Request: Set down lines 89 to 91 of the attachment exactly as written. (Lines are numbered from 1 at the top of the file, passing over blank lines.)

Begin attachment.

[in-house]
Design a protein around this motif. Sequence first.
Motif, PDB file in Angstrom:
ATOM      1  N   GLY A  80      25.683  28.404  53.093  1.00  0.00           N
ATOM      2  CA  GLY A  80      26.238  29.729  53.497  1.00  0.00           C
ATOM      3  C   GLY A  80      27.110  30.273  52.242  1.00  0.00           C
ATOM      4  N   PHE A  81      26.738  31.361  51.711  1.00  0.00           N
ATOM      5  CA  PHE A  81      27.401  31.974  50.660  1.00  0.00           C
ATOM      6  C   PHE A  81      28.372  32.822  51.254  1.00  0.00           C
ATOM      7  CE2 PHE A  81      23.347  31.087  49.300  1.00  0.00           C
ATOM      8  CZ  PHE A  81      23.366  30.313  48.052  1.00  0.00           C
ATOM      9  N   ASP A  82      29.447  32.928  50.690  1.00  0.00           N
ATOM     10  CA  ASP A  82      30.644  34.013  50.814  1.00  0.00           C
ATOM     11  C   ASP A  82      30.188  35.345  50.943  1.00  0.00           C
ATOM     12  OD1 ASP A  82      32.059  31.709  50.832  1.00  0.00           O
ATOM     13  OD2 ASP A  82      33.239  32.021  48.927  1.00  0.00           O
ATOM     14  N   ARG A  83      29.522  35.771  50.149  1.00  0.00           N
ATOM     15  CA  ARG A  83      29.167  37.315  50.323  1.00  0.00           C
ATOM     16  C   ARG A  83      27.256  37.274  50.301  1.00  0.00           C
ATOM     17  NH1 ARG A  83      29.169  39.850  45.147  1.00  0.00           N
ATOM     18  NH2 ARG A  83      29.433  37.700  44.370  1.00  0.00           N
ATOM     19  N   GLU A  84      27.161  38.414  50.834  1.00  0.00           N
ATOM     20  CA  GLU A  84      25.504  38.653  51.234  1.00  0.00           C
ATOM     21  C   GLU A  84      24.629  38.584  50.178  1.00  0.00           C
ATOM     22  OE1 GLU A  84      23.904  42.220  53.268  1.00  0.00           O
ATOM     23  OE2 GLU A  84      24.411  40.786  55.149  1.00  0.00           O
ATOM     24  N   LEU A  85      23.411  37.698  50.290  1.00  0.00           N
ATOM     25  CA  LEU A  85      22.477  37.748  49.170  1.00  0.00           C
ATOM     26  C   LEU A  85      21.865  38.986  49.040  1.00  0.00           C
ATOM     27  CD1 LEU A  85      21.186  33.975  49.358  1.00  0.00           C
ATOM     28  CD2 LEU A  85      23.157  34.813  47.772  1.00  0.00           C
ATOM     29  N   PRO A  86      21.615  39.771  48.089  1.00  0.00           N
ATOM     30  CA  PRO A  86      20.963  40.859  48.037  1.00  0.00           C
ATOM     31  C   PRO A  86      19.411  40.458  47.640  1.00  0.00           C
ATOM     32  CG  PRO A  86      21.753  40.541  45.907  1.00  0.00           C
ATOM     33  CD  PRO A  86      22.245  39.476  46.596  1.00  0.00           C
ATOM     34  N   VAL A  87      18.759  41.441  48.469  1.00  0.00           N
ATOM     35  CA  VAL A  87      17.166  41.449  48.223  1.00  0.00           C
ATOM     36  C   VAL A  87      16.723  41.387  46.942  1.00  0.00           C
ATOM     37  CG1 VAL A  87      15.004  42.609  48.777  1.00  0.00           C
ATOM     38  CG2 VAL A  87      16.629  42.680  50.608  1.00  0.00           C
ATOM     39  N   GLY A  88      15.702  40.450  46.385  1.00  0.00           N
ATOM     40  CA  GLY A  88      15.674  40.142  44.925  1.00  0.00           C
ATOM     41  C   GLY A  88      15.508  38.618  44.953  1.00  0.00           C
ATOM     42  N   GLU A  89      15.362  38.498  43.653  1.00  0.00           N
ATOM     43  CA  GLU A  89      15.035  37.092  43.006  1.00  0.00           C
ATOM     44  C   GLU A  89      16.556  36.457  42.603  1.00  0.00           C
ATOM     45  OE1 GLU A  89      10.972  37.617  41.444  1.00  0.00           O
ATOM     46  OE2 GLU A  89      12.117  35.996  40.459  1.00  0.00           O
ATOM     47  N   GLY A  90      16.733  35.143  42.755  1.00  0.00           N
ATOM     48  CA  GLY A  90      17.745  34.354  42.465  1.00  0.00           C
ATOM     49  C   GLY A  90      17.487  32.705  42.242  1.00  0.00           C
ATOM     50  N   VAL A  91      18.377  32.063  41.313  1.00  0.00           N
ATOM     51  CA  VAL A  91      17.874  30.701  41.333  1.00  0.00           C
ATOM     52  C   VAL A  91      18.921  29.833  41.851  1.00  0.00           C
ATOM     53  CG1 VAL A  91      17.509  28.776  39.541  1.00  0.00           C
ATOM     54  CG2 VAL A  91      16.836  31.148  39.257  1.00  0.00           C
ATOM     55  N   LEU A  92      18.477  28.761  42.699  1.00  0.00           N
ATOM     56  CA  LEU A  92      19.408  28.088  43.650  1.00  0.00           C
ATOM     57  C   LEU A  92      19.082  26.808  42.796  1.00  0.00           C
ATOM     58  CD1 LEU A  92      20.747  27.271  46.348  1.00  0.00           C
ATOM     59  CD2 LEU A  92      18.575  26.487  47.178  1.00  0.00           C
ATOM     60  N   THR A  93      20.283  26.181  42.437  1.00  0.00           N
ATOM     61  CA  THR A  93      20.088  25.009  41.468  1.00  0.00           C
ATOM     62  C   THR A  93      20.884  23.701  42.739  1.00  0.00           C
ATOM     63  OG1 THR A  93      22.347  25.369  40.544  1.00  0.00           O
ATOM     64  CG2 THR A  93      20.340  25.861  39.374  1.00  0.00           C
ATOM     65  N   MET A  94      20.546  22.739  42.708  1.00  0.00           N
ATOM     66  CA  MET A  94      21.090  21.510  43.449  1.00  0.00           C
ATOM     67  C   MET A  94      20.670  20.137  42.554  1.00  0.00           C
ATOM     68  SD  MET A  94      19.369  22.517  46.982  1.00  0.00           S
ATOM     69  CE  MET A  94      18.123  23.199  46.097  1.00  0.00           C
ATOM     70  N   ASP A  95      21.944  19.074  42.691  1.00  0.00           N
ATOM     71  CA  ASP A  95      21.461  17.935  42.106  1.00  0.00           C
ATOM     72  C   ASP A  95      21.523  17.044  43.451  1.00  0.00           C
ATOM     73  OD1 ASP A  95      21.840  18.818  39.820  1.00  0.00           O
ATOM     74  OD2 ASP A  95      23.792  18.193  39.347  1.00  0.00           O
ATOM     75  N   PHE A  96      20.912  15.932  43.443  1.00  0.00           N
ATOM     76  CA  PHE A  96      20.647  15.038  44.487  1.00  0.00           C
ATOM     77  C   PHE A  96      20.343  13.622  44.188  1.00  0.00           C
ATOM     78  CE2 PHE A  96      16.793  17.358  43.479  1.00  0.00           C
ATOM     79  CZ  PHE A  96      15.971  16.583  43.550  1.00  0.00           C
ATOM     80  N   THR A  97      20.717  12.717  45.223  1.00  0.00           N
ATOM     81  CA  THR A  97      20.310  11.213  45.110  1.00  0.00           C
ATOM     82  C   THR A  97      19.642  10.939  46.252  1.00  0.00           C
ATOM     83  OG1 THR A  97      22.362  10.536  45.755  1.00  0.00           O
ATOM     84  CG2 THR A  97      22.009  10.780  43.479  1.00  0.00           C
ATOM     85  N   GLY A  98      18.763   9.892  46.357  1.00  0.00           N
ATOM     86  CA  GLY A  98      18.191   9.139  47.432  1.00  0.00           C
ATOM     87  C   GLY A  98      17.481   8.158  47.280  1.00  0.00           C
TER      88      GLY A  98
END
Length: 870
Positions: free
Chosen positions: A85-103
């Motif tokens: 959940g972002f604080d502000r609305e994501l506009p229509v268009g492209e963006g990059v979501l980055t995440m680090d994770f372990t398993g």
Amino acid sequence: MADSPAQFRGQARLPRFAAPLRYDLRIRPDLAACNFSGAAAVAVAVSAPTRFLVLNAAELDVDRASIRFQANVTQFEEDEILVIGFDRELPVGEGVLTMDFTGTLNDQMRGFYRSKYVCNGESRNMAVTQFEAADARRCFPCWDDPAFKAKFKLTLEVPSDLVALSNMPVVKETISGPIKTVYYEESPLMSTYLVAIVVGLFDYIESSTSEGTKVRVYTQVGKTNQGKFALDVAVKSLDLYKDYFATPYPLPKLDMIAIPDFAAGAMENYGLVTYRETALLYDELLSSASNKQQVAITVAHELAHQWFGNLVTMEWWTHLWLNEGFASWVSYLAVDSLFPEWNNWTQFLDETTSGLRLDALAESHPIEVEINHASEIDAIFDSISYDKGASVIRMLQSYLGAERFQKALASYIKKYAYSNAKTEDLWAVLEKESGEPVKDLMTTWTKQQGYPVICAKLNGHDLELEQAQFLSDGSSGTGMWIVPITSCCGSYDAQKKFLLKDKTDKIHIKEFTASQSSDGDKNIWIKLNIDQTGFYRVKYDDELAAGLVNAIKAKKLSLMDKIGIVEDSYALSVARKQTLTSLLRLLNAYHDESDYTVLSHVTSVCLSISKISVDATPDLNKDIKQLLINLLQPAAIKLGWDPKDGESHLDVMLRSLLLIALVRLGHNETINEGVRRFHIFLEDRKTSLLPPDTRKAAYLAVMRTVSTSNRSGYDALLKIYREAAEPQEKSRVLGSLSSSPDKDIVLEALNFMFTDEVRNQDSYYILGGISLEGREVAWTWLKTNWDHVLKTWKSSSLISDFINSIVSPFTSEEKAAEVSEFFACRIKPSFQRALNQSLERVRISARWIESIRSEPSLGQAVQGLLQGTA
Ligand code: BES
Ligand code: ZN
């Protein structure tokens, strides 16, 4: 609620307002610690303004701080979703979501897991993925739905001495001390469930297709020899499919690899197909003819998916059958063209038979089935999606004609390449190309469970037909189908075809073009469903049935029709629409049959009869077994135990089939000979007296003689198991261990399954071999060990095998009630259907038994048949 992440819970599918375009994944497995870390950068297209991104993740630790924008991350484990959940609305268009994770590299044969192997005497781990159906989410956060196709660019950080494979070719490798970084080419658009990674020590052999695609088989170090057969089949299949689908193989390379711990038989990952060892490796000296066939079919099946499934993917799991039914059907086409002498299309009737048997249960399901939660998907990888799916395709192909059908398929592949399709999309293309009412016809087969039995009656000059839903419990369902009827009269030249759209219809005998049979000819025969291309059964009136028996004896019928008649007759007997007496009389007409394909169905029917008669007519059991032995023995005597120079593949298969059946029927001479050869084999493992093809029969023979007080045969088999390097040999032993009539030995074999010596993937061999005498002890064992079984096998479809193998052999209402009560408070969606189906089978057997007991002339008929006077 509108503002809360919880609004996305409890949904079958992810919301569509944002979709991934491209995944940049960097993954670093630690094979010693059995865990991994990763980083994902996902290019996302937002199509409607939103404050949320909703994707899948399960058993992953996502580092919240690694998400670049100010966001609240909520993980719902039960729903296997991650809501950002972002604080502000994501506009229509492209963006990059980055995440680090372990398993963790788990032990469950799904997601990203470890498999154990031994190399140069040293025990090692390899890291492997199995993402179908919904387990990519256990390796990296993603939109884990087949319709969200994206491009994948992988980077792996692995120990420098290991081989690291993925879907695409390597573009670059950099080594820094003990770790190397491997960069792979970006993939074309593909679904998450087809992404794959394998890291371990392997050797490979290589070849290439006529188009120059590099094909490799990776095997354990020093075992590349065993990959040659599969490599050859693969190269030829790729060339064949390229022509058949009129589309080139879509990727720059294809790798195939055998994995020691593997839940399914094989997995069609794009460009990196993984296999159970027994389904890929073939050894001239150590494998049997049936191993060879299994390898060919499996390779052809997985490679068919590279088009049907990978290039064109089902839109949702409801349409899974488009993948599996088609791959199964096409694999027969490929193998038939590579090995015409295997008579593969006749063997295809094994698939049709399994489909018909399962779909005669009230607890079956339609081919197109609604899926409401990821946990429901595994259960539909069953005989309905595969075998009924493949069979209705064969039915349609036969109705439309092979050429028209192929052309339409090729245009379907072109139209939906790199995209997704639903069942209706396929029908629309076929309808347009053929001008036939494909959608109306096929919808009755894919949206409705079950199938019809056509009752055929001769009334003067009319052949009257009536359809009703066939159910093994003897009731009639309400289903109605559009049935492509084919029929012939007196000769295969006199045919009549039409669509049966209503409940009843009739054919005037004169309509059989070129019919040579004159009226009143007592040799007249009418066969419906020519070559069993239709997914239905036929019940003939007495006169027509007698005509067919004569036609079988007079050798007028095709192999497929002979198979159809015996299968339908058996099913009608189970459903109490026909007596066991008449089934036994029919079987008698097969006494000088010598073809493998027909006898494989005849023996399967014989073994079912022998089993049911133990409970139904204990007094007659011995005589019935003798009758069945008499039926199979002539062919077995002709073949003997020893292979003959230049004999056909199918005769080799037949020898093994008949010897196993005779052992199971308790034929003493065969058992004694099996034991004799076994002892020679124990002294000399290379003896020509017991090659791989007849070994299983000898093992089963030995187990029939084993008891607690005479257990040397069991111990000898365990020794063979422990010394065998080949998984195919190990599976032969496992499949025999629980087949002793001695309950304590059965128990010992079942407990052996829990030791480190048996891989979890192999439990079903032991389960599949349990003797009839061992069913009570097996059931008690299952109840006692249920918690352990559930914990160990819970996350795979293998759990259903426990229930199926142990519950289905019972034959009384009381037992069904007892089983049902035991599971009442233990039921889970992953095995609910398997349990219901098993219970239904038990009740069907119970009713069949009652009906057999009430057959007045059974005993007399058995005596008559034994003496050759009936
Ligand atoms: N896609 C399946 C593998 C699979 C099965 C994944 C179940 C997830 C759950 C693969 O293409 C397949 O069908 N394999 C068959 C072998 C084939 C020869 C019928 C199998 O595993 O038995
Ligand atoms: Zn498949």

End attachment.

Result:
ATOM     86  CA  GLY A  98      18.191   9.139  47.432  1.00  0.00           C
ATOM     87  C   GLY A  98      17.481   8.158  47.280  1.00  0.00           C
TER      88      GLY A  98